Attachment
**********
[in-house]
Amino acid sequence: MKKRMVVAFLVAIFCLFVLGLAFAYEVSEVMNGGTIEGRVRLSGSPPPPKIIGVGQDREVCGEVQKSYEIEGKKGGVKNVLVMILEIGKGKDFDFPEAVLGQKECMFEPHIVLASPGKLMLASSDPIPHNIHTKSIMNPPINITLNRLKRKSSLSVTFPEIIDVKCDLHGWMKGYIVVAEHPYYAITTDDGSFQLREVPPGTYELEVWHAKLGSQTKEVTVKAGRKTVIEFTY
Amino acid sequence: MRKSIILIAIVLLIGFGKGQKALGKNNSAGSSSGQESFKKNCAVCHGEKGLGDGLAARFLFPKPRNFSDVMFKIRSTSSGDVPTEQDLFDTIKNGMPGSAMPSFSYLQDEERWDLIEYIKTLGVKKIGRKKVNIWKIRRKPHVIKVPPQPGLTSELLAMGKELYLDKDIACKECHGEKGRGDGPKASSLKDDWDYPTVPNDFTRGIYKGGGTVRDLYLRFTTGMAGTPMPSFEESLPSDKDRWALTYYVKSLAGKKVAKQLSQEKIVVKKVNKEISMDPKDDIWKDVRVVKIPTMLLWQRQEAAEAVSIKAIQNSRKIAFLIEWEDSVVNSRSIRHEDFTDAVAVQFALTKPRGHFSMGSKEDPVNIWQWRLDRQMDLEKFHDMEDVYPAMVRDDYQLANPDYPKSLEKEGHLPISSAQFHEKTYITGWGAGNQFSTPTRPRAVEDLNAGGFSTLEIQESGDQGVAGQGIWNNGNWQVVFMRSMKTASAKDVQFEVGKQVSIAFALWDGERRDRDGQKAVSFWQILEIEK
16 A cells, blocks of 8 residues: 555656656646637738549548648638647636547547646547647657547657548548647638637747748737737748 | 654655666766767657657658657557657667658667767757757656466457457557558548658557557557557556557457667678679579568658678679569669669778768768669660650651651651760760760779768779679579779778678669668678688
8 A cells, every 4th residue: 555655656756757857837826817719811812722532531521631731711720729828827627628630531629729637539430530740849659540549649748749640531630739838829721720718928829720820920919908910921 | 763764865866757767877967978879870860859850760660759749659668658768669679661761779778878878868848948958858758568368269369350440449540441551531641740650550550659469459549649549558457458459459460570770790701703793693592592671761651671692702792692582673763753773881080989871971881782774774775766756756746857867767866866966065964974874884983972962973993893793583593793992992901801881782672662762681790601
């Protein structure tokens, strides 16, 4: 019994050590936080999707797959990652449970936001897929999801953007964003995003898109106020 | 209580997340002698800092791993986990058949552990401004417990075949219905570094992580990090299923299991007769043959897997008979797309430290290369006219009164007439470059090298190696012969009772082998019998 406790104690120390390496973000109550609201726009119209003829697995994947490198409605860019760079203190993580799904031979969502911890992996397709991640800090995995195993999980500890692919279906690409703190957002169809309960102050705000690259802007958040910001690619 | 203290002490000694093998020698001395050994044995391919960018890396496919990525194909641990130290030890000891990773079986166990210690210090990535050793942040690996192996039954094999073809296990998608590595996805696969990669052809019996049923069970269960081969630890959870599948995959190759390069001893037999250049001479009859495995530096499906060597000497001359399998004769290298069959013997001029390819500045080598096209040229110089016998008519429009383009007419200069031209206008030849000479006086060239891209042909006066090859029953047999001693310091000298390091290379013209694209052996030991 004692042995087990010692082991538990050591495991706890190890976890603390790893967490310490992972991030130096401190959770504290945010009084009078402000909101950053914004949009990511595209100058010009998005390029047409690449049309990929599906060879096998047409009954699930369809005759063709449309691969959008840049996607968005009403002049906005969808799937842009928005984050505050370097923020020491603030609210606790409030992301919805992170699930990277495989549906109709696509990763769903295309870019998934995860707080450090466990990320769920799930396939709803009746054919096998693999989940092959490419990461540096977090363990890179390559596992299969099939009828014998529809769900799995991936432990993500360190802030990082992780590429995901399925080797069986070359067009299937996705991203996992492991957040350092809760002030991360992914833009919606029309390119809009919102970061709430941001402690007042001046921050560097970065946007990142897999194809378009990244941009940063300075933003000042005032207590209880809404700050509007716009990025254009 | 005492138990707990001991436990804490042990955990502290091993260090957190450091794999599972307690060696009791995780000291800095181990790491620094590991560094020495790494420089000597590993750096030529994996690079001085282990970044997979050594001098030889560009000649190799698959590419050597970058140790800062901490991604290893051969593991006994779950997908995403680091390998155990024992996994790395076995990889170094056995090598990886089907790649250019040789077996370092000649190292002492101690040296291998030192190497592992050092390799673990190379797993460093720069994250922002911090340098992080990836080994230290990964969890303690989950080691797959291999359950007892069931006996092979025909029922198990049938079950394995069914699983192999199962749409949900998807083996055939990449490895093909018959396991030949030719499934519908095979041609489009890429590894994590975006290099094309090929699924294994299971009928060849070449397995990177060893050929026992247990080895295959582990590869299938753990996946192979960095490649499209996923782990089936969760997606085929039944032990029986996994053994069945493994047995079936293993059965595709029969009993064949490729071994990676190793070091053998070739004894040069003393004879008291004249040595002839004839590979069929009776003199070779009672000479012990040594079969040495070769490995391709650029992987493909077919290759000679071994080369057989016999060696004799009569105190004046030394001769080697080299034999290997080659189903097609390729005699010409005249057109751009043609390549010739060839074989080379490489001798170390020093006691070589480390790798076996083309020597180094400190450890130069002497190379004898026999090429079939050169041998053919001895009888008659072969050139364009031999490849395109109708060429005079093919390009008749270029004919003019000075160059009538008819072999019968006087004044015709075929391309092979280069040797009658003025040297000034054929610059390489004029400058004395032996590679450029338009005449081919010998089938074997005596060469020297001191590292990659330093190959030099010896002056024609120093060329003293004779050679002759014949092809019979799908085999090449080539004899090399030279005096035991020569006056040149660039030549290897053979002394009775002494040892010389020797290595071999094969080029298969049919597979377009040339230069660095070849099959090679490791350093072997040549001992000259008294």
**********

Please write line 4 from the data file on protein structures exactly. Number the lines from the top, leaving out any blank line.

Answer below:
16 A cells, blocks of 8 residues: 555656656646637738549548648638647636547547646547647657547657548548647638637747748737737748 | 654655666766767657657658657557657667658667767757757656466457457557558548658557557557557556557457667678679579568658678679569669669778768768669660650651651651760760760779768779679579779778678669668678688